2. Always restate your food allergies to the waiter multiple times while ordering. Before I ordered, I would tell them “I have food allergies. All peanuts and nuts, sesame, shellfish, and fish,” in English. If they looked confused or weren’t totally fluent in English, I’d pull out my phone and show them the list in whatever language they spoke. Then I’d order my food. Then I’d restate my food allergies. By that point, the waiter or waitress was like “yes, yes I got it,” which made me feel even safer!
  3. Carry all your important documentation in one area and have digital copies available. I feel as if this is a good travel tip in general, but especially for those of us with food allergies. I had a bright red folder in my daypack (that I carried on to flights as well) that contained copies of doctor’s letters for immigration that allow me to carry my medicine, my passport, all of my credit cards and ID cards including health insurance, a copy of proof of health insurance, and a copy of bank statements (really for my travels in the UK). I had all of these documents also saved digitally so I could print them out if necessary. I also had printed verifications of everywhere we were going to stay (AirBnB’s and Hostels) along with flight confirmation information. This way, I had any and all information I needed at anytime I needed it on my person. In case it was stolen, I also had digital copies I could print out.
  4. If you want control over your meals, use AirBnB. I should become some sort of brand rep for their company because I absolutely adore AirBnB. Basically, you can “rent” out another person’s apartment or a room in their apartment for as long as you would like. There are hundreds of options in each city. We stayed with top-reviewed places and top-reviewed hosts (called SuperHosts) so we assured our experience would be a good one. Through AirBnB, we stayed in an apartment in a 13th century monastery, a 5th floor apartment with a grand view of Marseille, a first floor apartment with a river view in Florence, a gorgeous apartment near the Vatican, and a top-floor apartment with a rooftop view of Rome. Oh and a spacious apartment in Athens that had a view of the Olympian Temple of Zeus. And for the most part, we didn’t spend more than $30 or $40 per person, per night. When shared between three people, it becomes really quite cheap to travel via AirBnB. Since you have access to a kitchen, you can cook or at least have a place to store food you can eat at anytime. We stayed in our fair share of hostels, but they’re simply not as flexible or easy to use for food.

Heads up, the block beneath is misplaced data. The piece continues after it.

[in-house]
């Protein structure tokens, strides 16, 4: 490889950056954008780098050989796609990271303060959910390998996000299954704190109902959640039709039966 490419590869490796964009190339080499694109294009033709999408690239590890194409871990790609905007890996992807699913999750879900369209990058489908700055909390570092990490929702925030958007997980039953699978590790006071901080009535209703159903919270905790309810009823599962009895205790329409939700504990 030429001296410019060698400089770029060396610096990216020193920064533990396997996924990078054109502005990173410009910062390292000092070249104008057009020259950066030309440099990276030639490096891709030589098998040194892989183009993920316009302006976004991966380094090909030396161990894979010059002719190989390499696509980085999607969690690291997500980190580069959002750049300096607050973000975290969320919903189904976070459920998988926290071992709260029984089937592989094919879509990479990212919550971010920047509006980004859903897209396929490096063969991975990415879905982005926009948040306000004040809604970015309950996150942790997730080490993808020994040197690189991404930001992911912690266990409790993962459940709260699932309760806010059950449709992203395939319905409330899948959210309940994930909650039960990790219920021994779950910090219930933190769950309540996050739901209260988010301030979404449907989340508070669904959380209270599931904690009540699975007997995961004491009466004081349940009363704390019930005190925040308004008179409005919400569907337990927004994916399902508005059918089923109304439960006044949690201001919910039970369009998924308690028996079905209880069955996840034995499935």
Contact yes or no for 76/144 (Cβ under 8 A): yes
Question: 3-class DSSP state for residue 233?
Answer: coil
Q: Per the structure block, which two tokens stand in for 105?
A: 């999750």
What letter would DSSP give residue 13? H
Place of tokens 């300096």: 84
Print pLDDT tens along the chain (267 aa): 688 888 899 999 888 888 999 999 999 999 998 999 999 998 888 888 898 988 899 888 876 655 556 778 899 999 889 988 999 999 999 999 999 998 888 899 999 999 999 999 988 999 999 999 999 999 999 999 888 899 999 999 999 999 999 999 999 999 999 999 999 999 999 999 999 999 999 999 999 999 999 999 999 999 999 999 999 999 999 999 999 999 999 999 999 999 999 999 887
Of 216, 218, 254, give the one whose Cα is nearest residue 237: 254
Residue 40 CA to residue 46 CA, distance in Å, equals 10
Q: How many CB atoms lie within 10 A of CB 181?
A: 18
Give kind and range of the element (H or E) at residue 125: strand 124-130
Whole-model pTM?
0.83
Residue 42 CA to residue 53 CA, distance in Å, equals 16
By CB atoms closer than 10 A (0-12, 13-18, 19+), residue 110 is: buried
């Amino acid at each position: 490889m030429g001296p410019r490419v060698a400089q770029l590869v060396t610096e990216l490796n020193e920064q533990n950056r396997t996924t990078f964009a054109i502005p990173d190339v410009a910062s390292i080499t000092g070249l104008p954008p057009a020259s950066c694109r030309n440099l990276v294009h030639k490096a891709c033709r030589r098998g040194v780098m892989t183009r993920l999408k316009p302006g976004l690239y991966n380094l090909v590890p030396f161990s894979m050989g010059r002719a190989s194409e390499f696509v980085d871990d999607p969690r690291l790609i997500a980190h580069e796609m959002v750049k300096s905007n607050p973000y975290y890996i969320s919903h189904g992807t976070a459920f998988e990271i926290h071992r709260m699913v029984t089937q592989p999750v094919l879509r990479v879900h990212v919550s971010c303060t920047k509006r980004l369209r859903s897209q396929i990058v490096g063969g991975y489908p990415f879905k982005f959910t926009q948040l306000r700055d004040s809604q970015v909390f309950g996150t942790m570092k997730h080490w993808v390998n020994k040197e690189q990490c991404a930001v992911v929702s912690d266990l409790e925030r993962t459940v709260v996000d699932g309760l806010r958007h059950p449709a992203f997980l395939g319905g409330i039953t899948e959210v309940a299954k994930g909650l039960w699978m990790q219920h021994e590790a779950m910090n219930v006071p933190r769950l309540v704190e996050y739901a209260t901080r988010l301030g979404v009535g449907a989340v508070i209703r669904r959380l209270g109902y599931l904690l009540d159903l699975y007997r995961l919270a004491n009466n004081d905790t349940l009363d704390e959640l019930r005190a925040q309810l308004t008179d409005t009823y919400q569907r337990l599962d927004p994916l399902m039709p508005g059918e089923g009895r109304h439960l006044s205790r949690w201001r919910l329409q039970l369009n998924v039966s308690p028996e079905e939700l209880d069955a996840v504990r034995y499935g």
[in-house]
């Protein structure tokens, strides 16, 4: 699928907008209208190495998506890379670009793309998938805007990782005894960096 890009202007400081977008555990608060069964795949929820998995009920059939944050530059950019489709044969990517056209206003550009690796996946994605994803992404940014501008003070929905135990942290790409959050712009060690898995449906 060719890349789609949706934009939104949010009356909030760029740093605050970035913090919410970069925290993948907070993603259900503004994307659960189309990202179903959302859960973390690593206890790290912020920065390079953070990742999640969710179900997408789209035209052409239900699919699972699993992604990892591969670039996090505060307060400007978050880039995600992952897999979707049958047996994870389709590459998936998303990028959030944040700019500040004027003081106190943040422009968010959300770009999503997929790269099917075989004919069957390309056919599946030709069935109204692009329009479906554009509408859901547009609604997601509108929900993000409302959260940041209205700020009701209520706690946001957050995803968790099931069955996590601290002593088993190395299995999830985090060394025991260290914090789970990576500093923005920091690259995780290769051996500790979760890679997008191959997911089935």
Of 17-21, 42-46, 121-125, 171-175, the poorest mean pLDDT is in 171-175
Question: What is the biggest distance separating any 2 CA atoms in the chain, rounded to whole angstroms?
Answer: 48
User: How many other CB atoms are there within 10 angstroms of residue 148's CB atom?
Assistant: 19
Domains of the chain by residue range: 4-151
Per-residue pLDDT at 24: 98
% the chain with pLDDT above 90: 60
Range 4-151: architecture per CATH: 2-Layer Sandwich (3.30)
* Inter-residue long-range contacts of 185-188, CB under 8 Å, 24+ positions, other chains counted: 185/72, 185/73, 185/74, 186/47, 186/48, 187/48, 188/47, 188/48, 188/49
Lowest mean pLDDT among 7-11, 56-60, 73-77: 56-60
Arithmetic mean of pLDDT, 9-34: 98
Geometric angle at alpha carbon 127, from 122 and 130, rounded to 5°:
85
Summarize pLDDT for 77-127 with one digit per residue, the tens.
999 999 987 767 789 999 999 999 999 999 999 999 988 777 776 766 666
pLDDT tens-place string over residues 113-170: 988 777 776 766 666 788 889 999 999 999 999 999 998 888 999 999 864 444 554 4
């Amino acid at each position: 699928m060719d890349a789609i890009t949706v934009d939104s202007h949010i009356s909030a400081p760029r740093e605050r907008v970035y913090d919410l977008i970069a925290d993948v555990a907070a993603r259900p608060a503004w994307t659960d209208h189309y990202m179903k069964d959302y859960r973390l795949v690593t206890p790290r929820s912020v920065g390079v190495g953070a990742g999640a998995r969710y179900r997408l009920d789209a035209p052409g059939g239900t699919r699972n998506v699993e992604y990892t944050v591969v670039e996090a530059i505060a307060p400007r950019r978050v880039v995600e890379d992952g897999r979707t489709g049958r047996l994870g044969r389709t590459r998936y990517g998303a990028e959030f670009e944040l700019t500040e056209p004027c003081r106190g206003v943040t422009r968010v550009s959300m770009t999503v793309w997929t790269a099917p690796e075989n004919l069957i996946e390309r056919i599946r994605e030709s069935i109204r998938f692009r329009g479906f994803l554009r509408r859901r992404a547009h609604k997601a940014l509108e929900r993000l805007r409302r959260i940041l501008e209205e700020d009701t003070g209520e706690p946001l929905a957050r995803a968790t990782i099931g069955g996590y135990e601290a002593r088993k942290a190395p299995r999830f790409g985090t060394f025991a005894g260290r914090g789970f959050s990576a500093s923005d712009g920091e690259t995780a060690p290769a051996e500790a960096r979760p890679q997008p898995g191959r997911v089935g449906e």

5. Bring an emergency supply of snacks. This should be a small bag of some kind of emergency food. I always bring NutriGrain bars, and those staved off hunger on a couple of train rides. You might end up in a situation where you can’t eat safely or you need to catch a train instead of eating due to bad planning (did that one…). It’s always good to have a guaranteed safe option available.
  6. Please always carry your epinephrine autoinjectors. That’s a no brainer.

Final Thoughts

I could probably write pages and pages more — and I just might eventually! For now, those are the top takeaways.

After Greece, Thomas and DK left for Zurich, Switzerland to meet DK’s family. They’ll be finally settling down in Salzburg, Austria for their study abroad program in the next couple of days. I left for Copenhagen, Denmark where I am now completing a research project on small business performance and growth.

City

International travel can seem scary, I totally get that. I had a lot of fears about communicating with different people in different languages and still feel that the food served would be “safe.” But, it is entirely possible. You have to plan ahead, of course, but once you’re there, you have to figure it out somehow. If you explain you have food allergies, you may be surprised at how many people are willing to help and make sure the food is going to be safe and delicious. You can always figure a way to make it work!

Simply: Food allergies do not prevent you from doing anything in life, unless you let them.

Questions about travel or study abroad programs? Send me an e-mail at morgan@allergicchild.com. I’d be happy to answer any and all questions you have about my travels or about planning for yours!

Encouraging my Son to Study Abroad

Many of you have read my son, Morgan’s, recent posts about studying abroad with food allergies. If you’ve missed them, please read them on his Morgan’s New Corner blog here and here.  He wrote extensively about the details of what it took for him to be able to study abroad safely. He will be traveling throughout Iceland, Spain, France, Italy & Greece in August; doing research in Copenhagen, Denmark in September, and studying at the University of Lancaster in Britain from October through December 18.

As a parent, it was difficult to wrap my head around him studying abroad when he first brought up the subject prior to leaving for college. At the University of Denver, approximately 70% of the students study abroad – generally in their junior year. There were seminars about studying abroad for parents to attend during the Parent portion of the Freshman Orientation Week. I sat through those discussions and wondered how we, my husband and I, would ever be able to support this endeavor! Yet we both agreed that this was an opportunity not to be missed, if it was possible. It was going to take plenty of preparation, but the good news was – Morgan would be doing that instead of me!!